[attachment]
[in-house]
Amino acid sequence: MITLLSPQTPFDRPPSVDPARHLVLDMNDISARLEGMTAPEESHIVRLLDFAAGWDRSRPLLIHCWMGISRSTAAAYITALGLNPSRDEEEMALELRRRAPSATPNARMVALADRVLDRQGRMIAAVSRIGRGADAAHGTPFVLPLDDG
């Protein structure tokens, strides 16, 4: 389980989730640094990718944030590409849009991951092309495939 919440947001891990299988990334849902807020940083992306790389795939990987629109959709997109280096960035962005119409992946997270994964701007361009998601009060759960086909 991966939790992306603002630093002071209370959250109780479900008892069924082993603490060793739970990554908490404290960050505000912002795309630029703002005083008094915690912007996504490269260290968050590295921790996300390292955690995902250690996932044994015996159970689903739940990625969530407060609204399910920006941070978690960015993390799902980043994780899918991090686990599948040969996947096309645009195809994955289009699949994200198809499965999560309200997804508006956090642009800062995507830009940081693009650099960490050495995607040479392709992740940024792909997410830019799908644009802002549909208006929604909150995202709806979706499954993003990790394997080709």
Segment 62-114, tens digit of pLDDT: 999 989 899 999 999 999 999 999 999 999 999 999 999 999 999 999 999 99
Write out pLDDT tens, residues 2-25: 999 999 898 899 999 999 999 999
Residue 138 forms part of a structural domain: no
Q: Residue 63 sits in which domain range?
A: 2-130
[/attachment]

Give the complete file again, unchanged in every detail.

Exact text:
[in-house]
Amino acid sequence: MITLLSPQTPFDRPPSVDPARHLVLDMNDISARLEGMTAPEESHIVRLLDFAAGWDRSRPLLIHCWMGISRSTAAAYITALGLNPSRDEEEMALELRRRAPSATPNARMVALADRVLDRQGRMIAAVSRIGRGADAAHGTPFVLPLDDG
């Protein structure tokens, strides 16, 4: 389980989730640094990718944030590409849009991951092309495939 919440947001891990299988990334849902807020940083992306790389795939990987629109959709997109280096960035962005119409992946997270994964701007361009998601009060759960086909 991966939790992306603002630093002071209370959250109780479900008892069924082993603490060793739970990554908490404290960050505000912002795309630029703002005083008094915690912007996504490269260290968050590295921790996300390292955690995902250690996932044994015996159970689903739940990625969530407060609204399910920006941070978690960015993390799902980043994780899918991090686990599948040969996947096309645009195809994955289009699949994200198809499965999560309200997804508006956090642009800062995507830009940081693009650099960490050495995607040479392709992740940024792909997410830019799908644009802002549909208006929604909150995202709806979706499954993003990790394997080709």
Segment 62-114, tens digit of pLDDT: 999 989 899 999 999 999 999 999 999 999 999 999 999 999 999 999 999 99
Write out pLDDT tens, residues 2-25: 999 999 898 899 999 999 999 999
Residue 138 forms part of a structural domain: no
Q: Residue 63 sits in which domain range?
A: 2-130